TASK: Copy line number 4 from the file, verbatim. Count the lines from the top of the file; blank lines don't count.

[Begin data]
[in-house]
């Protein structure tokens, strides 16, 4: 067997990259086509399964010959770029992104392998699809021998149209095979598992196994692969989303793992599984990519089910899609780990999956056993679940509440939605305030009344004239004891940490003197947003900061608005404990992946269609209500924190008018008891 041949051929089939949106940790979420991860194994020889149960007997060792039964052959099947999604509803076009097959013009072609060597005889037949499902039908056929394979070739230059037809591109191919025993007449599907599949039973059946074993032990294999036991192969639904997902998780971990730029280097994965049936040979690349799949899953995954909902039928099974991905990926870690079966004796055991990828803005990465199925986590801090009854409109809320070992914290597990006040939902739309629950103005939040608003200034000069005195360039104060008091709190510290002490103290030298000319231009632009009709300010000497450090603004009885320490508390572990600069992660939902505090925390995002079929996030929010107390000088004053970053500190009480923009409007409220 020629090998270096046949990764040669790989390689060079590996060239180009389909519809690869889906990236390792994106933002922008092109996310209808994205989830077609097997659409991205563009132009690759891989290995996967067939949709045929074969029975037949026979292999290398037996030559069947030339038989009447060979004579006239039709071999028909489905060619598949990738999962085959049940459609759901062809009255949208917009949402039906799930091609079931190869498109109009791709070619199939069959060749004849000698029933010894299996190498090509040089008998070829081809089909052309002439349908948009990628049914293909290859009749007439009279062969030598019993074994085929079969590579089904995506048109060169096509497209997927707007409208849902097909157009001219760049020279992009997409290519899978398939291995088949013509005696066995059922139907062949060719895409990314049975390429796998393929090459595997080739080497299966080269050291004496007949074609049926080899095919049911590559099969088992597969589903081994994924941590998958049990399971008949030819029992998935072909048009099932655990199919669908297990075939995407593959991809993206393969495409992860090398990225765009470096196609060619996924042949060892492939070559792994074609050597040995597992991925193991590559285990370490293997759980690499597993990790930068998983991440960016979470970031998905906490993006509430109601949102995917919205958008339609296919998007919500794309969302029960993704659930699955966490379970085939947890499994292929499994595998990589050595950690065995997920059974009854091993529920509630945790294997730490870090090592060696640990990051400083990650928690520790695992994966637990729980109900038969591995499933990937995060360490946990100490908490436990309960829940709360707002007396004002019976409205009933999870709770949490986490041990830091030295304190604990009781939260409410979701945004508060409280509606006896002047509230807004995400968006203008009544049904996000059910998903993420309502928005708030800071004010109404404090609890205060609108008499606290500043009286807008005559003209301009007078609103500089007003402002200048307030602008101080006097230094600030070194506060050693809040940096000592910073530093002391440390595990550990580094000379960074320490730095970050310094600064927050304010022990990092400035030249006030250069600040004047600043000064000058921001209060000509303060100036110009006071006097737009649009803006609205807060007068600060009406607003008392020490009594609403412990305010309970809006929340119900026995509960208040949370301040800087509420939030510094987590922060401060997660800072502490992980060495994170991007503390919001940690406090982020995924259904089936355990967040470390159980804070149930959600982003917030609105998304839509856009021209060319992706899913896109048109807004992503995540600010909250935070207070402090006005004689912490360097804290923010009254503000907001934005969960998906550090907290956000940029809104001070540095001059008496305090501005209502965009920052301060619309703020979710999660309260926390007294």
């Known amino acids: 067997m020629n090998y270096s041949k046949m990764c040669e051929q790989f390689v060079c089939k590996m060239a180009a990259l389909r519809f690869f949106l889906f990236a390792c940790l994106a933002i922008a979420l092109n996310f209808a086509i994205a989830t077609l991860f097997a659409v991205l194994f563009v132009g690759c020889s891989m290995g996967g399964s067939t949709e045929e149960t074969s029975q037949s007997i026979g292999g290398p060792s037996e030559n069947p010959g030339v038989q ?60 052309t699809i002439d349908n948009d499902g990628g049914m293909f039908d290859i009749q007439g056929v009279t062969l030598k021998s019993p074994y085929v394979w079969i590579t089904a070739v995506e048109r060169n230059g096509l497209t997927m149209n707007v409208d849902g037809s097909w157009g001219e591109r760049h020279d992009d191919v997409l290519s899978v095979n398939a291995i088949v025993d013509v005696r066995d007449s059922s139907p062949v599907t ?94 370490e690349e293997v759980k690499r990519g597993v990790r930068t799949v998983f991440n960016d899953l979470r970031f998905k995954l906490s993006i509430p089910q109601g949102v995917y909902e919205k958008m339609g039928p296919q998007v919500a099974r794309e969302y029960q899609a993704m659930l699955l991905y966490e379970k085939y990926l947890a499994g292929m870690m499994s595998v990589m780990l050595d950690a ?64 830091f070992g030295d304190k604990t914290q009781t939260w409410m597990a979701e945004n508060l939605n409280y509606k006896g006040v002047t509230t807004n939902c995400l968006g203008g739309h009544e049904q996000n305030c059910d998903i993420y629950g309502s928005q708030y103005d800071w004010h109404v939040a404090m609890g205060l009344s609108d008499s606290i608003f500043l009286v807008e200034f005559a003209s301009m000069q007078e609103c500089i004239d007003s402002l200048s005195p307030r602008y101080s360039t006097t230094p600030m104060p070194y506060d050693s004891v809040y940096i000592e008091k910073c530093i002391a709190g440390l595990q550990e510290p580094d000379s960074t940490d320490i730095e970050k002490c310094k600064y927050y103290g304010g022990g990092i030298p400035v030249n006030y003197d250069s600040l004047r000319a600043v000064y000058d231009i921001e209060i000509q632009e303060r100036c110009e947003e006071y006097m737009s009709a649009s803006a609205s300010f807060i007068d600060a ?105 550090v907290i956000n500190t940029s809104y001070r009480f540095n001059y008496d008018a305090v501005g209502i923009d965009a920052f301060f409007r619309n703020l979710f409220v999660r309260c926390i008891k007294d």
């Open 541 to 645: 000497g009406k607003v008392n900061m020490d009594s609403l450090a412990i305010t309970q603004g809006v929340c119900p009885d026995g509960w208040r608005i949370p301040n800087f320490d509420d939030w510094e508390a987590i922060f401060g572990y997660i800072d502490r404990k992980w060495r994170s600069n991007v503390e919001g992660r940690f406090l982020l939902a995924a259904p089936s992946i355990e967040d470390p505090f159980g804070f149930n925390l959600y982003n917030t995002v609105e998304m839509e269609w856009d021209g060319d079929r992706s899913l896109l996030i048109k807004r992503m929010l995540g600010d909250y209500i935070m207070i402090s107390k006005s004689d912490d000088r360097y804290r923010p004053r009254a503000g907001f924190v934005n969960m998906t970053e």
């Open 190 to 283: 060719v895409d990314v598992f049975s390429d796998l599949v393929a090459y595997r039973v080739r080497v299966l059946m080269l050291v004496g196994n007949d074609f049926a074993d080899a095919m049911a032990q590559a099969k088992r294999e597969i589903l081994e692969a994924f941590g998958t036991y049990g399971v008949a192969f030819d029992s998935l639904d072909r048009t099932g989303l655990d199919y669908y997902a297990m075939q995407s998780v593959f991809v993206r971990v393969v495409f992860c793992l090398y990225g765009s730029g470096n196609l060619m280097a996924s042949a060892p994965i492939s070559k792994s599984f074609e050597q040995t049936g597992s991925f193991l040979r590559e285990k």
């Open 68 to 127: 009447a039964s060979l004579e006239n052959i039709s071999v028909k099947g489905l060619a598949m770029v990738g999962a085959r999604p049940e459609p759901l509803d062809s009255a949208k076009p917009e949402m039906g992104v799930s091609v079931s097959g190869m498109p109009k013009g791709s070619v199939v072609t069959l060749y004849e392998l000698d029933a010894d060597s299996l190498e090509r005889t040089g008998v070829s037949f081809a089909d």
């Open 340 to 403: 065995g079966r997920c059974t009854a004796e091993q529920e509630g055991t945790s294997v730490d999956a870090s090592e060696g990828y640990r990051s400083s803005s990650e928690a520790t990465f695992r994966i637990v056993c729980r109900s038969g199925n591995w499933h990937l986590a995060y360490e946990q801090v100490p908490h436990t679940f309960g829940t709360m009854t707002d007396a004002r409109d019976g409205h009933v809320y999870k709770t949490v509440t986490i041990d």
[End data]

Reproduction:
């Open 541 to 645: 000497g009406k607003v008392n900061m020490d009594s609403l450090a412990i305010t309970q603004g809006v929340c119900p009885d026995g509960w208040r608005i949370p301040n800087f320490d509420d939030w510094e508390a987590i922060f401060g572990y997660i800072d502490r404990k992980w060495r994170s600069n991007v503390e919001g992660r940690f406090l982020l939902a995924a259904p089936s992946i355990e967040d470390p505090f159980g804070f149930n925390l959600y982003n917030t995002v609105e998304m839509e269609w856009d021209g060319d079929r992706s899913l896109l996030i048109k807004r992503m929010l995540g600010d909250y209500i935070m207070i402090s107390k006005s004689d912490d000088r360097y804290r923010p004053r009254a503000g907001f924190v934005n969960m998906t970053e």